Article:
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The Milky Way On Micro-Four Thirds

  • Oct 04, 2015
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  • 5 Photos
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The Milky Way On Micro-Four Thirds

During my time in Colorado, I had the opportunity to capture the Milky Way at night, something I was admittedly sceptical about doing on the m4/3 sensor of my E-M5. I had shot the Milky Way before on a full frame DSLR, and had no trouble raising the ISO to 6400 to make the exposure. But concerns about noise and clarity made me wonder about capturing the night sky effectively on a smaller sensor.The sky in Colorado was often so clear it was possible to see the Milky Way with the naked eye. I used the crescent Moon to lock focus and then set the focusing to Manual to prevent the camera trying to reacquire focus in Auto mode. I could then reposition my camera with the adjustable tripod head to ensure I had the composition I wanted.Using the Olympus 12-40mm F/2.8, I zoomed out to 12mm (24mm FF equivalent) and set the aperture to F/2.8. Rather than set a shutter speed value, I used the LIVE TIME function. This revealed the developing exposure on the rear LCD, allowing me to stop it at any time. I set it to show the development every 2 seconds. While the other photographers with me were able to shoot a 15 second exposure at ISO 6400 or 3200, I limited my maximum ISO value to ISO 1600 and shot for around 30 seconds.The Noise filter on the camera, which affects all images, is always set to OFF, but the Noise Reduction feature, which affects long exposures, was set to ON. This inevitably made the write time to the card a little longer. Not having a remote trigger, I used the Anti-Shock function which started the exposure about half a second after I pressed the shutter.  In some of the images, the trees were painted with a small flashlight during the exposure. Processing the image I reduced the noise a little in Lightroom, and changed the white balance to make it a tad bluer. I also adjusted the contrast to bring out the nebulous areas of the galaxy. Well, the images may not be as spectacular as what is possible with a DSLR, but I am perfectly happy to have captured the Milky Way at all.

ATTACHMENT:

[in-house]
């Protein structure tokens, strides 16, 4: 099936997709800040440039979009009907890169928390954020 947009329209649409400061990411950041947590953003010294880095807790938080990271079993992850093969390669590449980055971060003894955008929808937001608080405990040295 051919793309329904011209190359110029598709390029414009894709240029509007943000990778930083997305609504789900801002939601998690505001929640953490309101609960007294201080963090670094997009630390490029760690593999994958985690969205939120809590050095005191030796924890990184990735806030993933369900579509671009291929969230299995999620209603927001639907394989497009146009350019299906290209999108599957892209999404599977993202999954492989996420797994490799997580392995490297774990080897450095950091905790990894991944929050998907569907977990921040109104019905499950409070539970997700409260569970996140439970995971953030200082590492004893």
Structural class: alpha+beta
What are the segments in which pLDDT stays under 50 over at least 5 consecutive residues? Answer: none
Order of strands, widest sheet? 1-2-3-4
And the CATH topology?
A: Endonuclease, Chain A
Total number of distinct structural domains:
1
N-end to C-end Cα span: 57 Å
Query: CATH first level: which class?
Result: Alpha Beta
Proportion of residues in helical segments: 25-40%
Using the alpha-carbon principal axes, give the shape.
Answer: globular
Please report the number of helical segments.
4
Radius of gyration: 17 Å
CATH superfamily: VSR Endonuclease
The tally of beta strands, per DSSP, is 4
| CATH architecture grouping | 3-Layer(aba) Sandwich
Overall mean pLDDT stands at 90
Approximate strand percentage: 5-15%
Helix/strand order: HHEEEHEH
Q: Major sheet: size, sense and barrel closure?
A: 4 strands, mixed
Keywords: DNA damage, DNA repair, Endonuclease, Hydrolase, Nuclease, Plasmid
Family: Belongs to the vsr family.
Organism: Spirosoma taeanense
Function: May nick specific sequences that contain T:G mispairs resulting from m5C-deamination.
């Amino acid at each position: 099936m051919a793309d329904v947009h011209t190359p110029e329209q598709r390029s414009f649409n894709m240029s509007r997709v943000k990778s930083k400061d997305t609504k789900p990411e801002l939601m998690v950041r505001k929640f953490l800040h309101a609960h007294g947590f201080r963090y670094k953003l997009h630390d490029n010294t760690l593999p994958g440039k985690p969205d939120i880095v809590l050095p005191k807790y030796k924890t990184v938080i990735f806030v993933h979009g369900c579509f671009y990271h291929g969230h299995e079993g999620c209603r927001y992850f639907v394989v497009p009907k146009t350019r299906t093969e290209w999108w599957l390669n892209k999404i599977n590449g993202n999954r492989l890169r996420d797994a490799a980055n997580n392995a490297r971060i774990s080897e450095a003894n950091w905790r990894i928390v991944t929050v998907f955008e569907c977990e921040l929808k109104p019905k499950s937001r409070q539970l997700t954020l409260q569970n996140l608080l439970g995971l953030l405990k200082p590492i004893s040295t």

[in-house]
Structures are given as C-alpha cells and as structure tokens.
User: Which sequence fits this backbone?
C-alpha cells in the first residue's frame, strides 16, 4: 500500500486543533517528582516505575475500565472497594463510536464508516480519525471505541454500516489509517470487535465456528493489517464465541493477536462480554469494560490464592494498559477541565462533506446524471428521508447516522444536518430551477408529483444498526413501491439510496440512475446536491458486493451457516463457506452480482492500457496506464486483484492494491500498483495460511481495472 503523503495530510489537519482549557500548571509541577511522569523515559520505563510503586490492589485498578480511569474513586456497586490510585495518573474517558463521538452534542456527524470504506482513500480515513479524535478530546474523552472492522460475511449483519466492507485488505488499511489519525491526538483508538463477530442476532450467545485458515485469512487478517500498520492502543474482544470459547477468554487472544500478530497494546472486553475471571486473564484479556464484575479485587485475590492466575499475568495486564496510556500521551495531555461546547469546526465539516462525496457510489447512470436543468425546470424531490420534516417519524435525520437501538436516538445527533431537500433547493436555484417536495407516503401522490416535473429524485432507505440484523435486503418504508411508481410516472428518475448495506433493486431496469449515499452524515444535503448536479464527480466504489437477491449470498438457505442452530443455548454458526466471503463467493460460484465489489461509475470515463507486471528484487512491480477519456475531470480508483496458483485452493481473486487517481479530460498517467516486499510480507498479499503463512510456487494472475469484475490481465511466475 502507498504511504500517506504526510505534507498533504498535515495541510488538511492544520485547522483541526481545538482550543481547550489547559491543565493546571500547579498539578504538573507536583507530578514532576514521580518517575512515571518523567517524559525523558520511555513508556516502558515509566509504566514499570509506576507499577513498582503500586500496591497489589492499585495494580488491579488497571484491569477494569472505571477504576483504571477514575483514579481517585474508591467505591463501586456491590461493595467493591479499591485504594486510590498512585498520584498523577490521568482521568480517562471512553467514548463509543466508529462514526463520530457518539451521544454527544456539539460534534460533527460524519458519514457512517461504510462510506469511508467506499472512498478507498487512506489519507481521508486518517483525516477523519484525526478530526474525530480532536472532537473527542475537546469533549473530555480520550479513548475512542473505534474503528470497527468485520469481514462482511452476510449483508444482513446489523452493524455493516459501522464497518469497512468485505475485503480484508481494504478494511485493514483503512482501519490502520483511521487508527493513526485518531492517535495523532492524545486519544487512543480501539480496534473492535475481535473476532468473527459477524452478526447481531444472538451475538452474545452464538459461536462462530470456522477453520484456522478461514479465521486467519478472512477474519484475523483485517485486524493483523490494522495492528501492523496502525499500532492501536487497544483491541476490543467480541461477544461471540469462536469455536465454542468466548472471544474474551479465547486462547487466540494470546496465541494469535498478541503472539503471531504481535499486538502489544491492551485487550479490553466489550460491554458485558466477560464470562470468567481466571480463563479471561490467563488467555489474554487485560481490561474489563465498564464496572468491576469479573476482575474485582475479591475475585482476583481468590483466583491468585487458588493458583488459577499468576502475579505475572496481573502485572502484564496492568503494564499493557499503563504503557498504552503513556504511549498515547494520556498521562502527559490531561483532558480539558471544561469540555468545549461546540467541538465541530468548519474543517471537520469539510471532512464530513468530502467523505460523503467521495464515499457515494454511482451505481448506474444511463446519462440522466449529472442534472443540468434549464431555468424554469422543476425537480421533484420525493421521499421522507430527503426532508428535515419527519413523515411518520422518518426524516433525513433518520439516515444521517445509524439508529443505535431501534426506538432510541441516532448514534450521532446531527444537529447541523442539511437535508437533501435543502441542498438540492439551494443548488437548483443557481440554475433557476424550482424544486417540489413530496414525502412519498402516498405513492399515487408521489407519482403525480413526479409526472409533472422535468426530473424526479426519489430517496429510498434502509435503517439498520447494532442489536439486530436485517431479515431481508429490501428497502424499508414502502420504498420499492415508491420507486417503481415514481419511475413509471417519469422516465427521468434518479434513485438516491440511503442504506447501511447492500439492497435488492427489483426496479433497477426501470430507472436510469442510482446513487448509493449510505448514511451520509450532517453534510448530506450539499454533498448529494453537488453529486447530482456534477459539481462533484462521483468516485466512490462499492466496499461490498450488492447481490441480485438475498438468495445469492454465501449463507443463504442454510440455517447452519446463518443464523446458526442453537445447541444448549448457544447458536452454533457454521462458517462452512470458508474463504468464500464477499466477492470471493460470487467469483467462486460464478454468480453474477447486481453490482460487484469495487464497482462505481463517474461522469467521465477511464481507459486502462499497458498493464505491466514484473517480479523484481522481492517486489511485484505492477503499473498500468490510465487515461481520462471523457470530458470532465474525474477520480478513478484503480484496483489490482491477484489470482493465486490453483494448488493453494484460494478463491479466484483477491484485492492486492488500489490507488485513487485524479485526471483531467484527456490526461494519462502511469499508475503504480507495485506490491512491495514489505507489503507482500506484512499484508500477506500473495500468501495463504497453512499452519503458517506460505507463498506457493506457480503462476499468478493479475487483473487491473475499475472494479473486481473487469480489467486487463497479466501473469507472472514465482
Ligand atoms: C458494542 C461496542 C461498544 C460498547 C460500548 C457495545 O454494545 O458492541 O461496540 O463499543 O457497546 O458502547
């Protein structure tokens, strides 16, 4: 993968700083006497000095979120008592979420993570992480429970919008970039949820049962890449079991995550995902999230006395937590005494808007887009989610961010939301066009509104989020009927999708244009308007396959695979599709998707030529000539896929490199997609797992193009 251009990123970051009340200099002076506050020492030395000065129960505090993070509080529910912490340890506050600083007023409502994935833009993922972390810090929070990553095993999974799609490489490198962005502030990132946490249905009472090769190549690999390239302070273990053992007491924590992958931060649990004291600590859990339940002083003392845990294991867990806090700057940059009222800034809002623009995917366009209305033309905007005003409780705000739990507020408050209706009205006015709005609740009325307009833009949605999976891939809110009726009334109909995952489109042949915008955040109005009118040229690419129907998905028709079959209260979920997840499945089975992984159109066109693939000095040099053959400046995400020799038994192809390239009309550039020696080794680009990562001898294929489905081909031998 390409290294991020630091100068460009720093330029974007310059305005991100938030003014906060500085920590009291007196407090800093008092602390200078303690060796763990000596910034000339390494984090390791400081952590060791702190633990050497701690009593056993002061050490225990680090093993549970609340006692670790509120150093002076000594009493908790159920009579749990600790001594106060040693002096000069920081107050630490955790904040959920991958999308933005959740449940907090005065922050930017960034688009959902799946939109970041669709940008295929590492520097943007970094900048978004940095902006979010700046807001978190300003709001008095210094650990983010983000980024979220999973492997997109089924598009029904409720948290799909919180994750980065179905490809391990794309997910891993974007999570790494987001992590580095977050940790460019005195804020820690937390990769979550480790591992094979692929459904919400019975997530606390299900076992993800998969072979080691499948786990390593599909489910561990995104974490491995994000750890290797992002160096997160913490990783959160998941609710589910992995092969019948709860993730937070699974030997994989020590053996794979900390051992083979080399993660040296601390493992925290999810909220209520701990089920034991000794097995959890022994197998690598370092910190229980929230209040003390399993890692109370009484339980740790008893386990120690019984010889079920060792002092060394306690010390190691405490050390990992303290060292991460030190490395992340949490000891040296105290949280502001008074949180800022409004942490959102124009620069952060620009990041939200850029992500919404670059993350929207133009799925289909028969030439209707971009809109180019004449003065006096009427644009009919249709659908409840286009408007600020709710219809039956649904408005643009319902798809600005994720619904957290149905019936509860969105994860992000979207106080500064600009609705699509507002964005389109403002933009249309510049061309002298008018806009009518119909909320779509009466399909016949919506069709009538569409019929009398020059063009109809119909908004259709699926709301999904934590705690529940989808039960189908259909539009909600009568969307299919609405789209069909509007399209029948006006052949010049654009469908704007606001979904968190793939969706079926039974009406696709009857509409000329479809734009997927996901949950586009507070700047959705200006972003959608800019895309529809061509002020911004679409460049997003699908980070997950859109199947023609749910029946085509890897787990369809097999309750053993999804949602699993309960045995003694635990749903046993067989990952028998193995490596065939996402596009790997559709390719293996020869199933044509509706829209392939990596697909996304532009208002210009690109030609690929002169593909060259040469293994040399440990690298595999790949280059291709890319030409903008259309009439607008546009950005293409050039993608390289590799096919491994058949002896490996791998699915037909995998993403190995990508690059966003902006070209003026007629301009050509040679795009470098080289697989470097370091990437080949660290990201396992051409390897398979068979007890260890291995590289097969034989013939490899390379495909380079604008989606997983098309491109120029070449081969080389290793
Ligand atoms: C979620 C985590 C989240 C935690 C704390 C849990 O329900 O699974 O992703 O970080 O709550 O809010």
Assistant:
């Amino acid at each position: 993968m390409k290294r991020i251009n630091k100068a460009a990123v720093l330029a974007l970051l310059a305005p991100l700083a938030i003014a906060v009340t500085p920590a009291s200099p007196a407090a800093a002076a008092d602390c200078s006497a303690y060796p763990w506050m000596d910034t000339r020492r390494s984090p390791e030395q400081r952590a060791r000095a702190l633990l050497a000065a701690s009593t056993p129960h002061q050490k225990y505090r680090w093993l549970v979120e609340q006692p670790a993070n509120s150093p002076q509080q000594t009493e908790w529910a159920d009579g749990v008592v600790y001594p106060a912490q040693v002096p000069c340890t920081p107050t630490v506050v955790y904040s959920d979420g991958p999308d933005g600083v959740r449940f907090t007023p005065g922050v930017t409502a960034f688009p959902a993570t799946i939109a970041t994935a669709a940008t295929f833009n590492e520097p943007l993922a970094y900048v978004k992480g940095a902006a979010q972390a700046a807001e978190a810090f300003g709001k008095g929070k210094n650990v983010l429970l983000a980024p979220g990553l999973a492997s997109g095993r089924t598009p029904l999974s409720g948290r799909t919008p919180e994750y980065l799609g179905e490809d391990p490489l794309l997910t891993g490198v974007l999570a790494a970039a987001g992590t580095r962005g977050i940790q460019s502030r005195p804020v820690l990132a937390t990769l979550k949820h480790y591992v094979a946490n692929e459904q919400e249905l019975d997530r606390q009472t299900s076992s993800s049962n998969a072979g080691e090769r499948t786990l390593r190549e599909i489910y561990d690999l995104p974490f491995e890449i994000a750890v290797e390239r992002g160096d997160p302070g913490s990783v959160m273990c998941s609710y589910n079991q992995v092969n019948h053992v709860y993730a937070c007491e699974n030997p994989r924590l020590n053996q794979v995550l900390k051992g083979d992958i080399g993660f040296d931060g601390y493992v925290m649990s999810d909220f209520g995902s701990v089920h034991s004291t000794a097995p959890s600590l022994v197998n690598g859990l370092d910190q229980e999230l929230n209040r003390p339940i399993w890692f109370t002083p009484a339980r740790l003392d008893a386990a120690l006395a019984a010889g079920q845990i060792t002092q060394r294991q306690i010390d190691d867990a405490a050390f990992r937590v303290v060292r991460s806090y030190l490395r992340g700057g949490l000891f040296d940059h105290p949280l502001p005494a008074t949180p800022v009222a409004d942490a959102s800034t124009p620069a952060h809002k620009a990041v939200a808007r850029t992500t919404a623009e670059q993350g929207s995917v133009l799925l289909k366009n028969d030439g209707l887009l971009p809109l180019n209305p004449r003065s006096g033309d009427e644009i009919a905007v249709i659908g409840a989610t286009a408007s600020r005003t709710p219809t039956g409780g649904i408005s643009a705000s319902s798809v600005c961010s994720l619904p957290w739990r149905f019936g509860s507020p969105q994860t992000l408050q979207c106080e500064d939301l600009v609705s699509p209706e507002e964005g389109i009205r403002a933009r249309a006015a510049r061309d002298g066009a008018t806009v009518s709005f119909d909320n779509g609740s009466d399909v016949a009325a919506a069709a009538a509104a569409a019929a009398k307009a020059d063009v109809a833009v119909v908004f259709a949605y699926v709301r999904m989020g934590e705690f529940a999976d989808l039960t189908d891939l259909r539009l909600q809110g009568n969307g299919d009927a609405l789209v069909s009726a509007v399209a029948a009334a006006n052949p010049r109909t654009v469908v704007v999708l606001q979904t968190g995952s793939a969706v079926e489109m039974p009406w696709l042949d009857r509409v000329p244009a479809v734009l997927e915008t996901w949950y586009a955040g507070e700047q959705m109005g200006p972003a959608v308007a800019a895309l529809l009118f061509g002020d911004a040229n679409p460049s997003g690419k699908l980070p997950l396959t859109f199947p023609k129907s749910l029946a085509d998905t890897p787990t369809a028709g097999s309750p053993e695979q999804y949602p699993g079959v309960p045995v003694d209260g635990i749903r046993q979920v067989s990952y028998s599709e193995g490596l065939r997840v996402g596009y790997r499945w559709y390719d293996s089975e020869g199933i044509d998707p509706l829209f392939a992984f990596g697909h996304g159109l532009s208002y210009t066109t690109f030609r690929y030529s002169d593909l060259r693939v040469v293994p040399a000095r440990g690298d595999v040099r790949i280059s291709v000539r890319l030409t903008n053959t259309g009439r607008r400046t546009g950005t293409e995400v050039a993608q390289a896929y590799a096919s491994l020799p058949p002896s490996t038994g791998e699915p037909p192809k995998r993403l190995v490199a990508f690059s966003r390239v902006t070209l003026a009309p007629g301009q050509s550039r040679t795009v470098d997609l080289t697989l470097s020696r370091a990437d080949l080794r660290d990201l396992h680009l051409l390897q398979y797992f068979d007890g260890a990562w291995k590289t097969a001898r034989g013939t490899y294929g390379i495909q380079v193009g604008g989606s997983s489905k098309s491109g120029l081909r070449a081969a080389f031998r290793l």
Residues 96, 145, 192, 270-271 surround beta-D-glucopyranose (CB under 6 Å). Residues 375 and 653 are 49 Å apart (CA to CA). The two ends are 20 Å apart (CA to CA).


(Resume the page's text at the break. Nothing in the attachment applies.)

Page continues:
Oct 04, 2015

The Milky Way On Micro-Four Thirds

This post has 5 photos Oct 04, 2015Comments (0)2650 views
During my time in Colorado, I had the opportunity to capture the Milky Way at night, something I was admittedly sceptical about doing on the m4/3 sensor of my E-M5. I had shot the Milky Way before on a full frame DSLR, and had no trouble raising the ISO to 6400 to make the exposure. But concerns about noise and clarity made me wonder about capturing the night sky effectively on a smaller sensor.

The sky in Colorado was often so clear it was possible to see the Milky Way with the naked eye. I used the crescent Moon to lock focus and then set the focusing to Manual to prevent the camera trying to reacquire focus in Auto mode. I could then reposition my camera with the adjustable tripod head to ensure I had the composition I wanted.

Using the Olympus 12-40mm F/2.8, I zoomed out to 12mm (24mm FF equivalent) and set the aperture to F/2.8. Rather than set a shutter speed value, I used the LIVE TIME function. This revealed the developing exposure on the rear LCD, allowing me to stop it at any time. I set it to show the development every 2 seconds. While the other photographers with me were able to shoot a 15 second exposure at ISO 6400 or 3200, I limited my maximum ISO value to ISO 1600 and shot for around 30 seconds.

The Noise filter on the camera, which affects all images, is always set to OFF, but the Noise Reduction feature, which affects long exposures, was set to ON. This inevitably made the write time to the card a little longer. Not having a remote trigger, I used the Anti-Shock function which started the exposure about half a second after I pressed the shutter.  In some of the images, the trees were painted with a small flashlight during the exposure. 

Processing the image I reduced the noise a little in Lightroom, and changed the white balance to make it a tad bluer. I also adjusted the contrast to bring out the nebulous areas of the galaxy. 

Well, the images may not be as spectacular as what is possible with a DSLR, but I am perfectly happy to have captured the Milky Way at all. 

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